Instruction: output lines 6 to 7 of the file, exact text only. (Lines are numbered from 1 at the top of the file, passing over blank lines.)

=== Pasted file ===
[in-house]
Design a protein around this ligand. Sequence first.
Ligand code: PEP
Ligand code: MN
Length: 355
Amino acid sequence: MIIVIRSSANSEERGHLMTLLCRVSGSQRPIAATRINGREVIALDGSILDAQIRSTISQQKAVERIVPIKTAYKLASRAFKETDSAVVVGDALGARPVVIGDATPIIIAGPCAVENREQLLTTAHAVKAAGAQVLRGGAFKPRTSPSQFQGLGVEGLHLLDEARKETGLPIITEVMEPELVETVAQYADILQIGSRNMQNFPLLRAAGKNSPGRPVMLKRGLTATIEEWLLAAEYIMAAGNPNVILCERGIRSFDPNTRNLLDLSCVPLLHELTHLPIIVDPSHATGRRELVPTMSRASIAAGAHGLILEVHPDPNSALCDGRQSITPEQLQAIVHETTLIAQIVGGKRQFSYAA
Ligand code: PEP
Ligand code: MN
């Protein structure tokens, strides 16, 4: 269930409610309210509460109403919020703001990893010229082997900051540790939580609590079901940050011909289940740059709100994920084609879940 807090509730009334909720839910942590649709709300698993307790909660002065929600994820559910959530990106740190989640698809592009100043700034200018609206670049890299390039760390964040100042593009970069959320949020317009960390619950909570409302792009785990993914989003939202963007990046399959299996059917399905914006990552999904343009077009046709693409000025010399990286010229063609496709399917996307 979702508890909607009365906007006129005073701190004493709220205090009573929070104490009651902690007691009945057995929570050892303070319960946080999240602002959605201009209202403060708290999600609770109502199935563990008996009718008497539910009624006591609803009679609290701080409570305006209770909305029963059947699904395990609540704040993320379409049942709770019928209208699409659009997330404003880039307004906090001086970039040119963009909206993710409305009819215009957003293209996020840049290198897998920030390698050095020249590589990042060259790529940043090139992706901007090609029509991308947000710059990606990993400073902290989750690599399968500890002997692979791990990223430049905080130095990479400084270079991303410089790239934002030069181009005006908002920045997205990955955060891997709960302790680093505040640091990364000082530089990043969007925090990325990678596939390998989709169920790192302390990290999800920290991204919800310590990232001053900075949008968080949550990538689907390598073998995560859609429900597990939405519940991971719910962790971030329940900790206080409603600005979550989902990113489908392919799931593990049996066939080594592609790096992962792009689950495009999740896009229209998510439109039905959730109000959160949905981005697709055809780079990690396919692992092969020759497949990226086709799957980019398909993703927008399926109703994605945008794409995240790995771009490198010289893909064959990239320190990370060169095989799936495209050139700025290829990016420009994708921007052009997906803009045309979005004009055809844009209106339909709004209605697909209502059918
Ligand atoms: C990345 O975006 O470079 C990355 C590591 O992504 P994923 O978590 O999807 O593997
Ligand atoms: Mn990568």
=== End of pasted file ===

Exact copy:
Amino acid sequence: MIIVIRSSANSEERGHLMTLLCRVSGSQRPIAATRINGREVIALDGSILDAQIRSTISQQKAVERIVPIKTAYKLASRAFKETDSAVVVGDALGARPVVIGDATPIIIAGPCAVENREQLLTTAHAVKAAGAQVLRGGAFKPRTSPSQFQGLGVEGLHLLDEARKETGLPIITEVMEPELVETVAQYADILQIGSRNMQNFPLLRAAGKNSPGRPVMLKRGLTATIEEWLLAAEYIMAAGNPNVILCERGIRSFDPNTRNLLDLSCVPLLHELTHLPIIVDPSHATGRRELVPTMSRASIAAGAHGLILEVHPDPNSALCDGRQSITPEQLQAIVHETTLIAQIVGGKRQFSYAA
Ligand code: PEP